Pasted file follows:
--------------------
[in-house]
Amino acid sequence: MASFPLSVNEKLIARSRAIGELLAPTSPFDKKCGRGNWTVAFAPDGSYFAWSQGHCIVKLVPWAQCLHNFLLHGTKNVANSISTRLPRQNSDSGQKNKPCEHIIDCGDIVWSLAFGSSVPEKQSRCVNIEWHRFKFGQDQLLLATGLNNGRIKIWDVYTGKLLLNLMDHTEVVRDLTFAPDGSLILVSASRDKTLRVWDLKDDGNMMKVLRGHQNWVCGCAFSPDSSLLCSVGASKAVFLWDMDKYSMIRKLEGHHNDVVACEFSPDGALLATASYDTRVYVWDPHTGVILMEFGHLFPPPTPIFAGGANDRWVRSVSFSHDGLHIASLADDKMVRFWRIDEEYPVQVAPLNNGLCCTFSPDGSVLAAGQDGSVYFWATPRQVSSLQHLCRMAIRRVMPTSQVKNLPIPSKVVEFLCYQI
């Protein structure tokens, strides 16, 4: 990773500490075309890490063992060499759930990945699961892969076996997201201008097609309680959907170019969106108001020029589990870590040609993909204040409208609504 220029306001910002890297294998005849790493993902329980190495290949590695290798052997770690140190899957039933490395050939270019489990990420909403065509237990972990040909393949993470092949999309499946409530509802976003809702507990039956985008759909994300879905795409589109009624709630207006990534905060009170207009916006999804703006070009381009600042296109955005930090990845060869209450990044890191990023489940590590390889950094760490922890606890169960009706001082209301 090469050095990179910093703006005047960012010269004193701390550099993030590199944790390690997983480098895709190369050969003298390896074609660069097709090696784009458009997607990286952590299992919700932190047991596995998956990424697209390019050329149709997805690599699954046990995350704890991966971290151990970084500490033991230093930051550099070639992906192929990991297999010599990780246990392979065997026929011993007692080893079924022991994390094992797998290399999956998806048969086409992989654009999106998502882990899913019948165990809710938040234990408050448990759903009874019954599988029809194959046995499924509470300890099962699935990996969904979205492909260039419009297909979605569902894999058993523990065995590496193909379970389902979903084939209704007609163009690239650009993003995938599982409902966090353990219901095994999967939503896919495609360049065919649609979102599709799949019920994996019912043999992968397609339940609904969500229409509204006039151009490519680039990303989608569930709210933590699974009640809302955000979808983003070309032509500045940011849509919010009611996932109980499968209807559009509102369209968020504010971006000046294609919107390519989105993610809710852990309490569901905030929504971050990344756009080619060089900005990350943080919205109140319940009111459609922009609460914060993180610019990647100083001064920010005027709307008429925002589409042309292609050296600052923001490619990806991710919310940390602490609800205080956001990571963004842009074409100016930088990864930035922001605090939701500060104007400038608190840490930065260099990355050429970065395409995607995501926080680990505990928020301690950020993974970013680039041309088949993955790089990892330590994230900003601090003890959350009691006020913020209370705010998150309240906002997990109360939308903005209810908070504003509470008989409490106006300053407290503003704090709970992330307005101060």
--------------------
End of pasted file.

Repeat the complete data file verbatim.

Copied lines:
[in-house]
Amino acid sequence: MASFPLSVNEKLIARSRAIGELLAPTSPFDKKCGRGNWTVAFAPDGSYFAWSQGHCIVKLVPWAQCLHNFLLHGTKNVANSISTRLPRQNSDSGQKNKPCEHIIDCGDIVWSLAFGSSVPEKQSRCVNIEWHRFKFGQDQLLLATGLNNGRIKIWDVYTGKLLLNLMDHTEVVRDLTFAPDGSLILVSASRDKTLRVWDLKDDGNMMKVLRGHQNWVCGCAFSPDSSLLCSVGASKAVFLWDMDKYSMIRKLEGHHNDVVACEFSPDGALLATASYDTRVYVWDPHTGVILMEFGHLFPPPTPIFAGGANDRWVRSVSFSHDGLHIASLADDKMVRFWRIDEEYPVQVAPLNNGLCCTFSPDGSVLAAGQDGSVYFWATPRQVSSLQHLCRMAIRRVMPTSQVKNLPIPSKVVEFLCYQI
């Protein structure tokens, strides 16, 4: 990773500490075309890490063992060499759930990945699961892969076996997201201008097609309680959907170019969106108001020029589990870590040609993909204040409208609504 220029306001910002890297294998005849790493993902329980190495290949590695290798052997770690140190899957039933490395050939270019489990990420909403065509237990972990040909393949993470092949999309499946409530509802976003809702507990039956985008759909994300879905795409589109009624709630207006990534905060009170207009916006999804703006070009381009600042296109955005930090990845060869209450990044890191990023489940590590390889950094760490922890606890169960009706001082209301 090469050095990179910093703006005047960012010269004193701390550099993030590199944790390690997983480098895709190369050969003298390896074609660069097709090696784009458009997607990286952590299992919700932190047991596995998956990424697209390019050329149709997805690599699954046990995350704890991966971290151990970084500490033991230093930051550099070639992906192929990991297999010599990780246990392979065997026929011993007692080893079924022991994390094992797998290399999956998806048969086409992989654009999106998502882990899913019948165990809710938040234990408050448990759903009874019954599988029809194959046995499924509470300890099962699935990996969904979205492909260039419009297909979605569902894999058993523990065995590496193909379970389902979903084939209704007609163009690239650009993003995938599982409902966090353990219901095994999967939503896919495609360049065919649609979102599709799949019920994996019912043999992968397609339940609904969500229409509204006039151009490519680039990303989608569930709210933590699974009640809302955000979808983003070309032509500045940011849509919010009611996932109980499968209807559009509102369209968020504010971006000046294609919107390519989105993610809710852990309490569901905030929504971050990344756009080619060089900005990350943080919205109140319940009111459609922009609460914060993180610019990647100083001064920010005027709307008429925002589409042309292609050296600052923001490619990806991710919310940390602490609800205080956001990571963004842009074409100016930088990864930035922001605090939701500060104007400038608190840490930065260099990355050429970065395409995607995501926080680990505990928020301690950020993974970013680039041309088949993955790089990892330590994230900003601090003890959350009691006020913020209370705010998150309240906002997990109360939308903005209810908070504003509470008989409490106006300053407290503003704090709970992330307005101060």